How to Create a Job Scorecard Template to Find Your Dream Sales Gig In 5 Steps (+ Why You Should)

 

“Life is long. You can waste time at a job and company that you don’t believe in, doesn’t pay well, or fulfill you.” – No one, Ever

 

Have you ever accepted a new role that seemed promising, but sadly realized it wasn’t anything like you imagined just a few weeks later?

 

Unfortunately, I’ve seen this all-too-common situation hundreds of times. And I’ve even experienced it myself (more on this shortly).

 

A company with a great reputation woos you during the interview process with a lucrative salary, incredible benefits, and a role that seems perfect on paper. So you eagerly onboard and think you’ve finally found your dream role!

 

Fast-forward a few weeks later, and you come to understand that the job isn’t the right fit. You scratch your head and wonder what the heck happened when all the right components seemed to be in place.

 

But here’s the thing: jiving with the startup’s founders and negotiating a killer salary with a big OTE dangling carrot, and perks doesn’t make a role the right fit for you

 

Sounds crazy, right?

 

I would agree if I didn’t see it so often.

 

Fortunately, I can help you avoid making this critical error in the future, and that’s exactly what I plan to do here. 

 

You’ll learn how to create a job scorecard that objectively and effectively helps you determine and evaluate what a good fit really looks like for you.

 

So instead of getting blindsided by a company’s shiny salary, perks, and reputation, you’ll be able to laser in on whether this role really meets your career needs and job standards.

 

Don’t worry if you’ve never heard of a job scorecard before today. I’ll share everything you need to know about what it is, why it’s worth your time, how to create one, and how to use it successfully.

 

By the end of this guide, you might kick yourself for never using one before. But you’ll never make that mistake again.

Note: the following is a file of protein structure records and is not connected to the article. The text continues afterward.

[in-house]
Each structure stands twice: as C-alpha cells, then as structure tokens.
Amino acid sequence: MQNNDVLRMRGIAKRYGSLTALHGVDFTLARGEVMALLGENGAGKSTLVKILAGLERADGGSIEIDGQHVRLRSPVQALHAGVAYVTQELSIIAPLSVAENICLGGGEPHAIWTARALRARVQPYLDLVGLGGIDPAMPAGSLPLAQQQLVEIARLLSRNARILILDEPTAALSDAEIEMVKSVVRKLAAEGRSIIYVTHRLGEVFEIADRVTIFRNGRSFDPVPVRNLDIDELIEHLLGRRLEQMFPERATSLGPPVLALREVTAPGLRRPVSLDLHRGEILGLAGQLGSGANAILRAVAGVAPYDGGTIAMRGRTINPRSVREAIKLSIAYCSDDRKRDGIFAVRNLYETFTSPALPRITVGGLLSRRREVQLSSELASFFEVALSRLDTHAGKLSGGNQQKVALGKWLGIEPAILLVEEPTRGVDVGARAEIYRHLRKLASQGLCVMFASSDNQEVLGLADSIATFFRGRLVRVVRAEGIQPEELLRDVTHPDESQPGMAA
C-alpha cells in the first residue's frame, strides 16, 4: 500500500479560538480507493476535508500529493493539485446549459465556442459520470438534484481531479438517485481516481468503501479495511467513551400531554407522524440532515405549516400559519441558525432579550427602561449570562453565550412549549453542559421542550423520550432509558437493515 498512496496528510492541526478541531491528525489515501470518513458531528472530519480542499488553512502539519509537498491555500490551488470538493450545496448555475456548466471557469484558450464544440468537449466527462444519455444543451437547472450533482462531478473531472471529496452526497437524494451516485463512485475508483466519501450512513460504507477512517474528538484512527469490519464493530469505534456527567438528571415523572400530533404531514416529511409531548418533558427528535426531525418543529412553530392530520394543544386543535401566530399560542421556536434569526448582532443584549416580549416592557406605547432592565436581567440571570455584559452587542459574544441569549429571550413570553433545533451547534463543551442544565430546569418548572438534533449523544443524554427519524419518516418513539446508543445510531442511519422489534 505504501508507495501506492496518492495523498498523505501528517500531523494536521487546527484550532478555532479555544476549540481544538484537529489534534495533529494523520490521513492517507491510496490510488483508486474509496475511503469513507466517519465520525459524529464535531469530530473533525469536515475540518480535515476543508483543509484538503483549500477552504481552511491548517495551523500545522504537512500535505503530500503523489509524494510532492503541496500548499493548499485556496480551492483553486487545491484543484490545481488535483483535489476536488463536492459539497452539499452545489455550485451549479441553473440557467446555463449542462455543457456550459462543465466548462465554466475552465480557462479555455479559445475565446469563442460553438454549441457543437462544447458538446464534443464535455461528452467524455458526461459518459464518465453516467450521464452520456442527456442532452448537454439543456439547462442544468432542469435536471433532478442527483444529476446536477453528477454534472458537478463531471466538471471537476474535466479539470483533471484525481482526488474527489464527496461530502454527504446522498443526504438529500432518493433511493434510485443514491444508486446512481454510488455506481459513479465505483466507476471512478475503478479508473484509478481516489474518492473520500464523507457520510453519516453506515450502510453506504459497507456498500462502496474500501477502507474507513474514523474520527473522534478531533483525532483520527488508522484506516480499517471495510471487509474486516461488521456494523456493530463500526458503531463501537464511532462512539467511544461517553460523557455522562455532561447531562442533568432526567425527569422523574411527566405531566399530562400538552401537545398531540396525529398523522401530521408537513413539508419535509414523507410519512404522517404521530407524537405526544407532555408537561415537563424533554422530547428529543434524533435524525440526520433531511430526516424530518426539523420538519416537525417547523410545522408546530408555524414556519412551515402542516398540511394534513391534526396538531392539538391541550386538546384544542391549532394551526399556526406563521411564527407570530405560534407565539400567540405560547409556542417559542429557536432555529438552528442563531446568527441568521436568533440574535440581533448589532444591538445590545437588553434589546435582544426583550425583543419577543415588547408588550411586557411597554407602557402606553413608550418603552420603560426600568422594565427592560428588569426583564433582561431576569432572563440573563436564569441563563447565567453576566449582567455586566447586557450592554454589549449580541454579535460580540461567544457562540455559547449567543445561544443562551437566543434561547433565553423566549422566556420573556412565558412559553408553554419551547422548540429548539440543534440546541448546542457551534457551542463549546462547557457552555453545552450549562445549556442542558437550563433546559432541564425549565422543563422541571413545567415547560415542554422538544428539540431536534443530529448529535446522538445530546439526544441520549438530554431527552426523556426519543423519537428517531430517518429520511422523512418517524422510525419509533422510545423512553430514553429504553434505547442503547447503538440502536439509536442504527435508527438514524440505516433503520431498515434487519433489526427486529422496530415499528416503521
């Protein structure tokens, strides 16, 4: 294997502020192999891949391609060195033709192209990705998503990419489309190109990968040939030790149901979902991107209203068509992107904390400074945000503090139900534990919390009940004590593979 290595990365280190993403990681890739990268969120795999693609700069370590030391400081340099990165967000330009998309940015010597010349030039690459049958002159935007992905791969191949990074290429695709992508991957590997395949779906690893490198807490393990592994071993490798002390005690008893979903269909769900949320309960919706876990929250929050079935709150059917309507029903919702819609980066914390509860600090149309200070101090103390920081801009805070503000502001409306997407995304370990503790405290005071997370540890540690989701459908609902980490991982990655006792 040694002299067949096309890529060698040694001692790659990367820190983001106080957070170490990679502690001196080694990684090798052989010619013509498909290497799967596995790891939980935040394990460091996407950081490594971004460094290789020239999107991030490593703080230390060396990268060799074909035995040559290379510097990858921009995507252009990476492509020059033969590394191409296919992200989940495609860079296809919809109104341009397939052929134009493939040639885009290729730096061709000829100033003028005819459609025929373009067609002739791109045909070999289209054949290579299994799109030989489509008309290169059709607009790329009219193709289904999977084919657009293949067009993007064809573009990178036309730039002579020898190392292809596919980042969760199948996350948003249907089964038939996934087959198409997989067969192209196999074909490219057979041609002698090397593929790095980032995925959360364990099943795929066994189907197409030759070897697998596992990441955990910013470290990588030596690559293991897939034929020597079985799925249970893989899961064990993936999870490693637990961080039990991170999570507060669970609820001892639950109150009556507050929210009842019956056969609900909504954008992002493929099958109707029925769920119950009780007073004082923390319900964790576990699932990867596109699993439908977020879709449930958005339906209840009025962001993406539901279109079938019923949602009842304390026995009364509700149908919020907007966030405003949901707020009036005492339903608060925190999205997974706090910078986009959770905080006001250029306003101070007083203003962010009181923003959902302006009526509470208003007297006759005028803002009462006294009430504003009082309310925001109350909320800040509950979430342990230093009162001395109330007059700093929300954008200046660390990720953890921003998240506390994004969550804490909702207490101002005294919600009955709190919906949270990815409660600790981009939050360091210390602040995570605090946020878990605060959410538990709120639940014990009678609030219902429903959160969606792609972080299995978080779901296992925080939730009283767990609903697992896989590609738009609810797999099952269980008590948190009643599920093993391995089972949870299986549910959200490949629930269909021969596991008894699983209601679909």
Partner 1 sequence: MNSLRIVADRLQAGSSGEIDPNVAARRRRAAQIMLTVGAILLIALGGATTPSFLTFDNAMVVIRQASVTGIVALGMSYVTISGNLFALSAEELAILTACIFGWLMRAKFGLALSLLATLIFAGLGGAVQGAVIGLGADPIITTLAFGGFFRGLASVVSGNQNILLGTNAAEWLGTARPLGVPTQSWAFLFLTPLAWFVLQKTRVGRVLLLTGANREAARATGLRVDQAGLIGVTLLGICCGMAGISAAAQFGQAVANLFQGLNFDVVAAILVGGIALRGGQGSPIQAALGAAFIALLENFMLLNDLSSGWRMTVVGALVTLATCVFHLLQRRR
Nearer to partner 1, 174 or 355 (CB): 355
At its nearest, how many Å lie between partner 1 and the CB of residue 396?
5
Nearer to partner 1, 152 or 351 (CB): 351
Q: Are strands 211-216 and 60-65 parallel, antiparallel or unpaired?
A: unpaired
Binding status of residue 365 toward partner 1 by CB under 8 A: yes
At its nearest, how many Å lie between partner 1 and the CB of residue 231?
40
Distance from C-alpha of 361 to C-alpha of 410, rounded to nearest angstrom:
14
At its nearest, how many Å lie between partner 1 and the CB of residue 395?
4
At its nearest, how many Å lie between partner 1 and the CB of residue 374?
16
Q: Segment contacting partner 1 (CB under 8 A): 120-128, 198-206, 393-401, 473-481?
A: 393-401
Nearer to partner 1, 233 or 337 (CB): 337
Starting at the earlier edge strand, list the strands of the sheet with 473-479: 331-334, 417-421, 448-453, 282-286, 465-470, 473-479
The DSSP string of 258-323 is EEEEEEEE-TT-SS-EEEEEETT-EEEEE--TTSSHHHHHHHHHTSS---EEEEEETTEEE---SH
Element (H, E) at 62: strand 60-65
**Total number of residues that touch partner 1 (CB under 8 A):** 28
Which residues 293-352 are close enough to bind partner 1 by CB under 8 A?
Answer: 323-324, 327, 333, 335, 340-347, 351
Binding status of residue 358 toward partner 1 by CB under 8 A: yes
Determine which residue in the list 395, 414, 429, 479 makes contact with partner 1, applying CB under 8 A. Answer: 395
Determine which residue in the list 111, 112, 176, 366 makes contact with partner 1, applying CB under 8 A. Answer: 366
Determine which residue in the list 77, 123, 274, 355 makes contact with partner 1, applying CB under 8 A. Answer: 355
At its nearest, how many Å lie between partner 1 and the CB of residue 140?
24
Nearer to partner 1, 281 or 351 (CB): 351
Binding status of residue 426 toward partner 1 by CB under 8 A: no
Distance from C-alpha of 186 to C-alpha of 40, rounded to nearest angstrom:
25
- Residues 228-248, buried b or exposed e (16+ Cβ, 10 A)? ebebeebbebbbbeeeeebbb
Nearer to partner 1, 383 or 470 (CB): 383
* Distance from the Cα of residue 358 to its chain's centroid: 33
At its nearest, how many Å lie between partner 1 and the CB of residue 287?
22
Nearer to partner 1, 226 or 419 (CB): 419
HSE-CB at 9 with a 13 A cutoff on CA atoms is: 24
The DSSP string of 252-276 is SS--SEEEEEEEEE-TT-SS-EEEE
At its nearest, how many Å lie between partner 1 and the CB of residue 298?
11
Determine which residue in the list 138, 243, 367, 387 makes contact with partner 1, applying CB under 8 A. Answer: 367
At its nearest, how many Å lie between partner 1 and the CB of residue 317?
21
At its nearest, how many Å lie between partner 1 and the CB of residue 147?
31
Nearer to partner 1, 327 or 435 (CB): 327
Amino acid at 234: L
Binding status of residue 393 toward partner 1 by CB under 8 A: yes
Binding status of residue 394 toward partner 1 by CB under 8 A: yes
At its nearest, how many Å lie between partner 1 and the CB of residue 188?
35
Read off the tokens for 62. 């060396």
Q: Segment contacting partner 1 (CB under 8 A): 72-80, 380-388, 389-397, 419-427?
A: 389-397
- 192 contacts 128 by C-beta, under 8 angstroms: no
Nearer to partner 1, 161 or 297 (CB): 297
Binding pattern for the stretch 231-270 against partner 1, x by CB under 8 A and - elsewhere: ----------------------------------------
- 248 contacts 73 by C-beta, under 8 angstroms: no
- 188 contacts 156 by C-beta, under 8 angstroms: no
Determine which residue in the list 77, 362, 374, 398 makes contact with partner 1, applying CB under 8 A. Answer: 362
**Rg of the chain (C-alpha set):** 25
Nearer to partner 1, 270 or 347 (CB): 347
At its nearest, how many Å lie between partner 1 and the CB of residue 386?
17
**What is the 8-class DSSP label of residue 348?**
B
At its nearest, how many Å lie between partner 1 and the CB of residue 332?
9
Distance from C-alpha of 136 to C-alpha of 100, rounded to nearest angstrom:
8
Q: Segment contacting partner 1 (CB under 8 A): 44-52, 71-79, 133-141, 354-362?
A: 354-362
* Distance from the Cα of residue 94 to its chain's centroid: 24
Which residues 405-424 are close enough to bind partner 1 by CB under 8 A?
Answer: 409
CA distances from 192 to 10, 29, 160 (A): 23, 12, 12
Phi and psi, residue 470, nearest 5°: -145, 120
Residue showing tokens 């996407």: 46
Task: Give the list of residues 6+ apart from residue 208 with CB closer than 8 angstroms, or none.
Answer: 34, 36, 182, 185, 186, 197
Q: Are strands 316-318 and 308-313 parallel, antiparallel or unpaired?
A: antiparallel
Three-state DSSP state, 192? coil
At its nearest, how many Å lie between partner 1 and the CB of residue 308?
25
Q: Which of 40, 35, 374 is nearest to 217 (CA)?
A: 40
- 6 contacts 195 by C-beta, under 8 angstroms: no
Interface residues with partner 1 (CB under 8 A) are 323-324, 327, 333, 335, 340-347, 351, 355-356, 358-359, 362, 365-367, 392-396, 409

What is a Job Scorecard, and Why Is It Worth Creating in the First Place?

 

A job scorecard is a rating system used to see how well potential roles stack up against your IRP (Ideal Role Profile). The stories we tell ourselves aren’t always rooted in reality.  This totally customizable tool will help you uncover whether the sales role you’re eyeing is really all it’s cracked up to be while taking the emotion out of it.

 

Unfortunately, I had to learn this lesson the hard way.

 

I went in for a role that paid extremely well (and I mean, really well), and was enamored by the shiny objects presented to me in the interview process. Despite seeing a few red flags and feeling a bad gut instinct inside about the role, I pushed those aside because it paid so well.

 

Fast forward to day one and I called my husband balling (something I never do because I’m not a big crier).

 

As I was holding myself accountable for this mess I found myself in, I wanted to figure out a way to never make that mistake again, reduce the margin for error, and get out of my own way.

 

That’s where my job scorecard came in.

 

One reason it’s so helpful is because the stories we start to tell ourselves in the hiring process aren’t always rooted in reality, as I just mentioned. The job scorecard helps cut through those lofty visions that surface during the interview process. So you can clearly see a job for what it is, not what it could be or what it gives you in return.

 

I made it my mission to fix this issue permanently using a job scorecard every time and, since doing so, I’ve never found myself in that position again. It worked!

 

And it can work for you too.

 

Add a job scorecard to your evaluation process, and you’ll:

 

    • Define your dream role. Once you identify what you’re looking for on paper, you’ll have an easier, faster time seeing which jobs fit your bill versus those that could work.
    • Block out shiny distractions, so you only focus on the important details. While a killer salary and benefits may be enticing, companies may lead with them to cover up some unpleasantries of the role too. 
    • Evaluate roles objectively. A job scorecard removes emotions from your decision-making. An opportunity either fits your criteria or it doesn’t — there are no gray areas or second-guessing.

 

So as you can see, a job scorecard helps you make the best, most well-informed, and objective decision possible. See why I’m such a fan?

 

Now that you know what the heck a job scorecard is and the benefits of using one, let’s dive into how to build a good template.

 

How to Create a Job Scorecard that Works for You

 

Okay, before you’re tempted to skip certain steps or rush through them, I encourage you to read this section in its entirety. Each of these steps tackles one specific part of your job scorecard creation, and you may not see the bigger picture without going through the process from A to B.